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Foreword by James P. Comer Preface Acknowledgments About the Author 1. Why Do We Need Another Book on Courageous Conversations About Race? It's (Still) A Question of Will! Writing in Difficult Times Building on the Field Guide The "More" in More Courageous Conversations 2. From Will and Passion to Purpose Courage Requires Personal Purpose Differing Approaches to Diversity Purpose at Every Level Voices From the Inside: Macarre Traynham 3. Revisiting the Courageous Conversations About Race Protocol Getting Behind the Protocol's Agreements, Conditions, and Compass Isolating Race: Intersectionality and Cultural Layering Getting Centered in a Mindful Way Examining the Presence and Role of Whiteness Closing the "Knowing-Doing" Gap Voices From the Inside: Devon Alexander 4. Seven Years Later: What's Different and What's the Same? Embracing Equity and Naming the "It": Systemic Racism The Data Minding the Gaps Can We Really Afford Equity? Applying New Technology to Racial Equity Work Voices From the Inside: Donna Hart-Tervalon 5. Why Are We Still Talking About Race? Beyond a Moral Imperative: Neuroscience and the Physiological Impact of Racism A Critique of Liberalism Are Black Males Beyond Love? Defining Resistance and Transforming "Resisters" What Should Be "Special" About Special Education? Voices From the Inside: Charles L. Hopson 6. Moving Courageous Conversations Beyond Black and White Empowering ALL People of Color Making the Invisible Visible: A Courageous Conversation About American Indians and Schooling Brown Space The Politics of English-Language Acquisition: Skin Color, Immigration Status, and Other Barriers Voices From the Inside: Luis Versalles, Elona Street-Stewart 7. A Vision and A Framework for Achieving Racial Equity in Education "Just Say No!" ... to Random Acts of Equity Unmasking Courageous Conversations About Racial Disparities in Independent Schools Where Is Higher Education? A Call for Seamless Racial Equity in PreK-16 Education Voices From the Inside: Bodie Brizendine, Akemi Matsumoto 8. Leadership for Racial Equity: From Theory to Practice Equity Development for School Boards District Equity Leadership Teams (DELT and DELTA) Site and Central-Office Department Leaders Engaged in Equity/Antiracism Development (LEADs) Equity Teams The Beacon Project Staff of Color Equity Development Students Organized for Anti-Racism (SOAR) Voices From the Inside: Carla Randall, Patrick Duffy, Anthony Galloway 9. Learning and Teaching for Racial Equity: From Theory to Practice Culturally Relevant Pedagogy Collaborative Action Research for Equity (CARE) Voices From the Inside: Jackie Roehl 10. Empowering Parents and Communities of Color for Racial Equity: From Theory to Practice Partnerships for Academically Successful Students Engaging and Developing White Allies to Support Parents and Community Members of Color in Schools Engaging White Allies in the Development and Recruitment of Other Whites to the Struggle for Racial Equity Developing and Reinventing School Boards as Allies in the Struggle for Racial Equity Voices From the Inside: Andrea Haynes Johnson 11. Eden Prairie Schools: A Case Study Eden Prairie Then and Now The District Develops a Clear Vision of Equity A Changing Climate The Results Are In: Progress Was Made Voices From the Inside: Connie Hytjan 12. Beyond Passion, Practice, and Persistence ... A Purpose for Achieving Equity! Notes Recommended Reading Index
Glenn Eric Singleton hails from Baltimore, Maryland. A product of public elementary and independent secondary school, Singleton earned his bachelor's degree from the University of Pennsylvania and his master's degree from the Graduate School of Education at Stanford University. Singleton began his career as an Ivy League admissions director. In 1992, he founded Pacific Educational Group, Inc. (PEG) to support families in their transitions within and between K-12 and higher education. His company rapidly grew into a vehicle for addressing systemic educational inequity by providing a framework, guidance, and support to K-12 systems and institutions of higher education focused on meeting the needs of under-served students of color. He is now its president and chief executive officer. Singleton and his associates at PEG design and deliver individualized, comprehensive professional development for educators in the form of training, coaching, and consulting. Working at all levels, from beginning teachers to superintendents at local, state, and national levels, PEG helps educators focus on heightening their awareness of institutional racism and implementing effective strategies for eliminating racial achievement disparities in schools. In 1995, Singleton developed Beyond Diversity, a widely recognized seminar aimed at helping administrators, teachers, students, parents, and community stakeholders identify and examine the intersection of race and schooling. The Beyond Diversity seminar is the foundation for the PEG Systemic Racial Equity Framework and its theory of transformation, which focuses on leadership development, teacher action-research, and family/community empowerment. Today, participants around the world use Singleton's Courageous Conversations Agreements, Conditions and Compass, introduced to them in Beyond Diversity, as they strive to usher in culturally proficient curriculum, instruction, and assessment. Over its 20-year history, PEG's scope of work has expanded to include online professional learning, independent school partnerships, and international efforts in Canada and Australia that focus on educational equity for indigenous populations. PEG hosts an annual Summit for Courageous Conversation, in which scholars, educators, community members, and other stakeholders convene to identify strategies and best practices for creating high-level, equitable learning environments for all students. Singleton currently resides in San Francisco, California. He is the founder of the Foundation for a College Education (FCE) and currently serves on the FCE Advisory Board.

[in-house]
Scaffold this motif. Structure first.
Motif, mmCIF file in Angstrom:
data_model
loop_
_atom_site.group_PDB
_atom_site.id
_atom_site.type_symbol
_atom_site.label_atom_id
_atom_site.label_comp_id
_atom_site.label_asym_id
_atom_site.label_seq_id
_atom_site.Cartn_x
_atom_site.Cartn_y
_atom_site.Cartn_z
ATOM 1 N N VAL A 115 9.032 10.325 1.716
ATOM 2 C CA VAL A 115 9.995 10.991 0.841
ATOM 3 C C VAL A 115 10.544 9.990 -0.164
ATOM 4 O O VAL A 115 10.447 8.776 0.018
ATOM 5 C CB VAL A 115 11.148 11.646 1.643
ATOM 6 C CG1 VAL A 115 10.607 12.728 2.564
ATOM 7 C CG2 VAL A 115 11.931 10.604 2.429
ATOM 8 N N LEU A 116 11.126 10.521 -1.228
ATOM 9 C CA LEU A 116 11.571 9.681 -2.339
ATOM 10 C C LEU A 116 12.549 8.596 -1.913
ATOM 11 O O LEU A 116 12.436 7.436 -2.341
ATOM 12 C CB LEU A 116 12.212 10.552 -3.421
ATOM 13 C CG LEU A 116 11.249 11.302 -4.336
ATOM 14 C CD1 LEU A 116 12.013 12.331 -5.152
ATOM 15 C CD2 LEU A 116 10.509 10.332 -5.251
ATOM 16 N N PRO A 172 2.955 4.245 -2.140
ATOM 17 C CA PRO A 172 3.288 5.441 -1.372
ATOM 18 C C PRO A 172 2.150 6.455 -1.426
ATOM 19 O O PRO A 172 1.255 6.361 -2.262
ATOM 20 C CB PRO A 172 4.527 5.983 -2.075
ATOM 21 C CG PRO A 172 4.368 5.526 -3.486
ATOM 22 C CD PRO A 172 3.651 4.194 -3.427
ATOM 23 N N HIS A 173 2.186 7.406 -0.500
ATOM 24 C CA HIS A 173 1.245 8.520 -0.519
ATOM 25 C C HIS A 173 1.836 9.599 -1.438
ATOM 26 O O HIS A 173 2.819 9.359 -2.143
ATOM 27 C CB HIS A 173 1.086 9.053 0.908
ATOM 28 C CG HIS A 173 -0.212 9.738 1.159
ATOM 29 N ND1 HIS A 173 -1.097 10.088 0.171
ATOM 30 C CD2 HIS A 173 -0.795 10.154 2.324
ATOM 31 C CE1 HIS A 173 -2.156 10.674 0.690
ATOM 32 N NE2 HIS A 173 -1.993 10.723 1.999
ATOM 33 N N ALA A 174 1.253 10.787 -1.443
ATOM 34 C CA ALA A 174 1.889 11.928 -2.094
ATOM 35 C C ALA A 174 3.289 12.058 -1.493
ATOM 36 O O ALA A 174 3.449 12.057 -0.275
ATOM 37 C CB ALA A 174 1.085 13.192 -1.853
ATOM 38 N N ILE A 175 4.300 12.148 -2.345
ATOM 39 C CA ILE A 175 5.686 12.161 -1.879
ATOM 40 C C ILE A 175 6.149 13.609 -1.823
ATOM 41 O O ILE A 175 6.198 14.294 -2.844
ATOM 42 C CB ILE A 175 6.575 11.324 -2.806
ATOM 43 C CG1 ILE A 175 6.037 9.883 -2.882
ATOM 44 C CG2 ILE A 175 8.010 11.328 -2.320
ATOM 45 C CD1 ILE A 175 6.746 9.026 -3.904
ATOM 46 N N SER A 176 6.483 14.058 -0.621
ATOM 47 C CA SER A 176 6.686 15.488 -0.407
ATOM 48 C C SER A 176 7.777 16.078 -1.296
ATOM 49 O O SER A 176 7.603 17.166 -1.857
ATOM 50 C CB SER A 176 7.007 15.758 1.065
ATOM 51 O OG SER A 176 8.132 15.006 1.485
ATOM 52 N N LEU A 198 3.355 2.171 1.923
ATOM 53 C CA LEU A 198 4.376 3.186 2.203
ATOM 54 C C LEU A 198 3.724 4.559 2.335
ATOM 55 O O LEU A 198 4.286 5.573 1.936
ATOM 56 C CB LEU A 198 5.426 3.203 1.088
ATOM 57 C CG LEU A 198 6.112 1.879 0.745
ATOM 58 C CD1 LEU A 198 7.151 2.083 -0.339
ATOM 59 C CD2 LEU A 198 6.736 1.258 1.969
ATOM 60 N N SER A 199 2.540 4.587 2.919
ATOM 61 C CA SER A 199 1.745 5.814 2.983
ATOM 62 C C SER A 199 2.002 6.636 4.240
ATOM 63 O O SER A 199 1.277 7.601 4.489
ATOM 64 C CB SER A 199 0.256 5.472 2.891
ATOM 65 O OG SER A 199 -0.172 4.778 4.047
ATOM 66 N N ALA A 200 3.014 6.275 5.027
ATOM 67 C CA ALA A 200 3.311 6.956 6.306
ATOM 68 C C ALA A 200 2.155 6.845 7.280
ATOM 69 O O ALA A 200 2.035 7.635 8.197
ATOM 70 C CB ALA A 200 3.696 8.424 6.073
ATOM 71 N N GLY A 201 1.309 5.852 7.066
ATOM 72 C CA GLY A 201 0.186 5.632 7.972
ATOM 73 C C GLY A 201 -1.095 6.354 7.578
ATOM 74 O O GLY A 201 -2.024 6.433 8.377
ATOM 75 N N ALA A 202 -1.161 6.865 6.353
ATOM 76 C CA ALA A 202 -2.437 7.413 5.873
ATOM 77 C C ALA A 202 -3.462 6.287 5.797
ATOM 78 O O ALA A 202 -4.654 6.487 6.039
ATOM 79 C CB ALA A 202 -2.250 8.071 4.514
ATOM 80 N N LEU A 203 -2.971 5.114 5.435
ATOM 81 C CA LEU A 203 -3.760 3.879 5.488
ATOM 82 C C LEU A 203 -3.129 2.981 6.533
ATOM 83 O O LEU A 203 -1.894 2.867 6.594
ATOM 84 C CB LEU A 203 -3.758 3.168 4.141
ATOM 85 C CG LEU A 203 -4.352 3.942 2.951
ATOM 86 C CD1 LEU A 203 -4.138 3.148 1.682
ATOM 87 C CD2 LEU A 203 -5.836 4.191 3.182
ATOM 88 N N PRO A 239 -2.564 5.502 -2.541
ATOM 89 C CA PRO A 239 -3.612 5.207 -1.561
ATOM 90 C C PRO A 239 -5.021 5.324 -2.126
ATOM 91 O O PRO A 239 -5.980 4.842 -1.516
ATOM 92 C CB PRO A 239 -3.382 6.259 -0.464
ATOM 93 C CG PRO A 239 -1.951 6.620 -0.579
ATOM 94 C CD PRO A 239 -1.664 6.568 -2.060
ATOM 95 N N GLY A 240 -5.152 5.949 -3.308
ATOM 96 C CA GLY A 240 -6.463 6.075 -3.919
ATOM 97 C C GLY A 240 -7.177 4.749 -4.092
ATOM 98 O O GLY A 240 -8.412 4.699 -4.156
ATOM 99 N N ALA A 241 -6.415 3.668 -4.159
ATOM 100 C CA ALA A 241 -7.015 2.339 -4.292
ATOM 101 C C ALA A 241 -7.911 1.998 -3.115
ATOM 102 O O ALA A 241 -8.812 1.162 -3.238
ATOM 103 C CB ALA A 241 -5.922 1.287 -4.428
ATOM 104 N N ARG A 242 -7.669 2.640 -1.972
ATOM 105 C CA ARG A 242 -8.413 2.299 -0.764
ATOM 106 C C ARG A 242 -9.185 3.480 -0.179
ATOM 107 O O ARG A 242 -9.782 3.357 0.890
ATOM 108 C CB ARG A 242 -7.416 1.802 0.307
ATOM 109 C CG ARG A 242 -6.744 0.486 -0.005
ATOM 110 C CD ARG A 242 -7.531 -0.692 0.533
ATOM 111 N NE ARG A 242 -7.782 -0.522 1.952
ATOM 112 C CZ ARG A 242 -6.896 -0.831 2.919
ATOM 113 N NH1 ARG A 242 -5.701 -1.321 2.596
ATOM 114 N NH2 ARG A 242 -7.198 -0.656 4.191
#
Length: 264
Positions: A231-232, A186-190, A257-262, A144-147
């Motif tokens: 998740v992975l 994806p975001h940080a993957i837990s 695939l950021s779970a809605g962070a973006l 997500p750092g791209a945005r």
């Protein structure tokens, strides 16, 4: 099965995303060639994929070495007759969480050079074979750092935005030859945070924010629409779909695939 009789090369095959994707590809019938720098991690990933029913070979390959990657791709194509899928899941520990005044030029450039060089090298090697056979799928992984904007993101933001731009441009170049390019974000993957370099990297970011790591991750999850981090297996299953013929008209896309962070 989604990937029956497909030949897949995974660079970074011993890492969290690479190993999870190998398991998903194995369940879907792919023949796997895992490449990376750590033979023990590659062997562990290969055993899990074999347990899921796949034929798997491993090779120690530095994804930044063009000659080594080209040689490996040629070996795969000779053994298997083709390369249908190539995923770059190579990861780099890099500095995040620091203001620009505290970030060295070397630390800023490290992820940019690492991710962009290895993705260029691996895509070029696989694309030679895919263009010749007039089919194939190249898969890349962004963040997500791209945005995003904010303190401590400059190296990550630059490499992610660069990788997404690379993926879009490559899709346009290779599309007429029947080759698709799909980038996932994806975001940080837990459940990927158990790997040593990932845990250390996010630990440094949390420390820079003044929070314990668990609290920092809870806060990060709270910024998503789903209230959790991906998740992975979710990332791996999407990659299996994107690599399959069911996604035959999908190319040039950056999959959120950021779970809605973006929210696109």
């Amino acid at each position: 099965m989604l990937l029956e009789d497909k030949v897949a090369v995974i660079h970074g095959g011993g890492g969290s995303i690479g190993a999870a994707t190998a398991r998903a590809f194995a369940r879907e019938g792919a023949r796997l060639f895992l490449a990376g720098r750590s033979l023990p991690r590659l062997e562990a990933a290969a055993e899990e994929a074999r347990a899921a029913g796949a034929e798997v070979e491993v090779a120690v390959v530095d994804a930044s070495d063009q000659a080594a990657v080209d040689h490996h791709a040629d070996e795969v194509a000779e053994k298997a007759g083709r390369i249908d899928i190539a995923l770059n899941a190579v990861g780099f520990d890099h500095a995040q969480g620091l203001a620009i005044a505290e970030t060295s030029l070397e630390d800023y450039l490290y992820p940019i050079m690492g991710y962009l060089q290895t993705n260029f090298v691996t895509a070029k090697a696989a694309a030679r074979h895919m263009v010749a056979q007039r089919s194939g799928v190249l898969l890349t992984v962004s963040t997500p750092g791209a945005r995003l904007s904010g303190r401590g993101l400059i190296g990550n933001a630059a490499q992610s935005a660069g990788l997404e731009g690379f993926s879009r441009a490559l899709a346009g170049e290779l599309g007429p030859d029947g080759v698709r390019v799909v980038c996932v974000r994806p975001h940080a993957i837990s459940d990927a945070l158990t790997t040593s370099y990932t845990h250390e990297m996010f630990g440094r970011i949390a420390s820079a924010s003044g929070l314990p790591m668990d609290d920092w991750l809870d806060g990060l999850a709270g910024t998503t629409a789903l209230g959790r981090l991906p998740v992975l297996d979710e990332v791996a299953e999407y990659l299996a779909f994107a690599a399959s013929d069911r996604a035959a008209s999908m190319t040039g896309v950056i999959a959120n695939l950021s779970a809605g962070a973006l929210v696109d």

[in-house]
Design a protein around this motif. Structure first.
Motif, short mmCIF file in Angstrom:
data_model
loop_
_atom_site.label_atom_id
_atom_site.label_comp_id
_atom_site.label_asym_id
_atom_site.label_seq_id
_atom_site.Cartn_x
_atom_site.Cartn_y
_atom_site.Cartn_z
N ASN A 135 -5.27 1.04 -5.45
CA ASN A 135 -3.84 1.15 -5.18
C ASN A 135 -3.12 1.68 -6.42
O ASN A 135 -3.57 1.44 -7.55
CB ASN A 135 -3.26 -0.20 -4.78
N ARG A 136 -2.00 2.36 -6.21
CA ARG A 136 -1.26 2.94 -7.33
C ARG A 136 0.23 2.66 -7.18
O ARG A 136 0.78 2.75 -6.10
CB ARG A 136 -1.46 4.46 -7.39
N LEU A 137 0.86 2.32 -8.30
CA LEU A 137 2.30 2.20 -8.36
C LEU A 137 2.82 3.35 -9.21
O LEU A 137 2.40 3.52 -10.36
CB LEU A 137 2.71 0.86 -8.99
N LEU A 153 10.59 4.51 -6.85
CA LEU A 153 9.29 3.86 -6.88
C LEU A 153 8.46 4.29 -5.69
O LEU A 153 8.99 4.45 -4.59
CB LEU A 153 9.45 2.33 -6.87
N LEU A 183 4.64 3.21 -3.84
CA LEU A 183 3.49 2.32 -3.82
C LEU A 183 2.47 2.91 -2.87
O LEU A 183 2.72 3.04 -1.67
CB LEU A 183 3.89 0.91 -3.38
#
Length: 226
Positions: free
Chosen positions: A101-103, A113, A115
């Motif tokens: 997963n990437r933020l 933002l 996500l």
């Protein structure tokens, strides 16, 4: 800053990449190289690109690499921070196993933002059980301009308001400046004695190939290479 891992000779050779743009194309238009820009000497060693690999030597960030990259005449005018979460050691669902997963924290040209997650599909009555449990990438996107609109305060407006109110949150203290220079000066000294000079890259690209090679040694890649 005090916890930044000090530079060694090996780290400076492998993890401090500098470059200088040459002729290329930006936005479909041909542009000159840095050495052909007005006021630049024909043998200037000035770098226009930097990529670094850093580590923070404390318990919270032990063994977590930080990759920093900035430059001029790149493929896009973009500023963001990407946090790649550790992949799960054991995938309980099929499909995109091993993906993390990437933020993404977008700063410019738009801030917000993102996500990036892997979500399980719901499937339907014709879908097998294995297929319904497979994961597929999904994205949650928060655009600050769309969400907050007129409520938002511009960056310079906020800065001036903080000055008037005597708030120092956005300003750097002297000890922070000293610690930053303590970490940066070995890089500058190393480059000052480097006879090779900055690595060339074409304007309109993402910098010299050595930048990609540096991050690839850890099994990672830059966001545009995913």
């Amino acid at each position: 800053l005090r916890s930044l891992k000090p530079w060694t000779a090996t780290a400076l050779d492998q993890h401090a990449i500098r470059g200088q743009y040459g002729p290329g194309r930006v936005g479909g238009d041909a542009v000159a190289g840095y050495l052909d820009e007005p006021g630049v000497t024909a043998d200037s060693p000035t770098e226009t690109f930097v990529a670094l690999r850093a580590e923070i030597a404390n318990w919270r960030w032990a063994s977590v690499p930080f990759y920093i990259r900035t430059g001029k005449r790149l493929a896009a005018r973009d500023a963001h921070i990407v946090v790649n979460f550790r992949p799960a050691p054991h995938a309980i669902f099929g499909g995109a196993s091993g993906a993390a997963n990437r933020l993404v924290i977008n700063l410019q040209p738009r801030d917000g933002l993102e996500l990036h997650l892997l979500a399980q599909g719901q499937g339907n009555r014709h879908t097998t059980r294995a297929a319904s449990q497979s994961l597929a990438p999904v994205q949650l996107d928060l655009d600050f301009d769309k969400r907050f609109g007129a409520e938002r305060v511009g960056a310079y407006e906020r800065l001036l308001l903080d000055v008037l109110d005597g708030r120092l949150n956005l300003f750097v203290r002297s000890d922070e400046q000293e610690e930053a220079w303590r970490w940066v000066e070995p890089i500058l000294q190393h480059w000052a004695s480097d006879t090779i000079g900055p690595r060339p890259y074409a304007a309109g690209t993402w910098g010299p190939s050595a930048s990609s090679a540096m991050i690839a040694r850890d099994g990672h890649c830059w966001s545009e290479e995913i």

"In this book, Glenn Singleton takes the courageous steps to model what he teaches as he gives us the pathways for our own journeys to confront racism in our lives. Glenn proves the necessity of holding courageous conversations about race if we want to eliminate the opportunity gap for ALL students." -- Bonnie M. Davis, Author of How to Teach Students Who Don't Look Like You "Readers who embrace the courageous conversations that Glenn Singleton has written about in these pages will find themselves analyzing their own thoughts and conversations about race in school settings. This text is a deeper analysis of previous conversations and the protocol introduced in Courageous Conversations About Race. The vignettes and cases are a strength." -- Ignacio Lopez, Director of Outreach and Professor of Education "This book provides insight into the thinking of one of the foremost advocates for addressing the achievement gap in authentic ways that result in the underlying assumptions of racism being uncovered and addressed. Singleton's delineation of the concept 'racial equity work' is a major contribution." -- Randall B. Lindsey, Author of Cultural Proficiency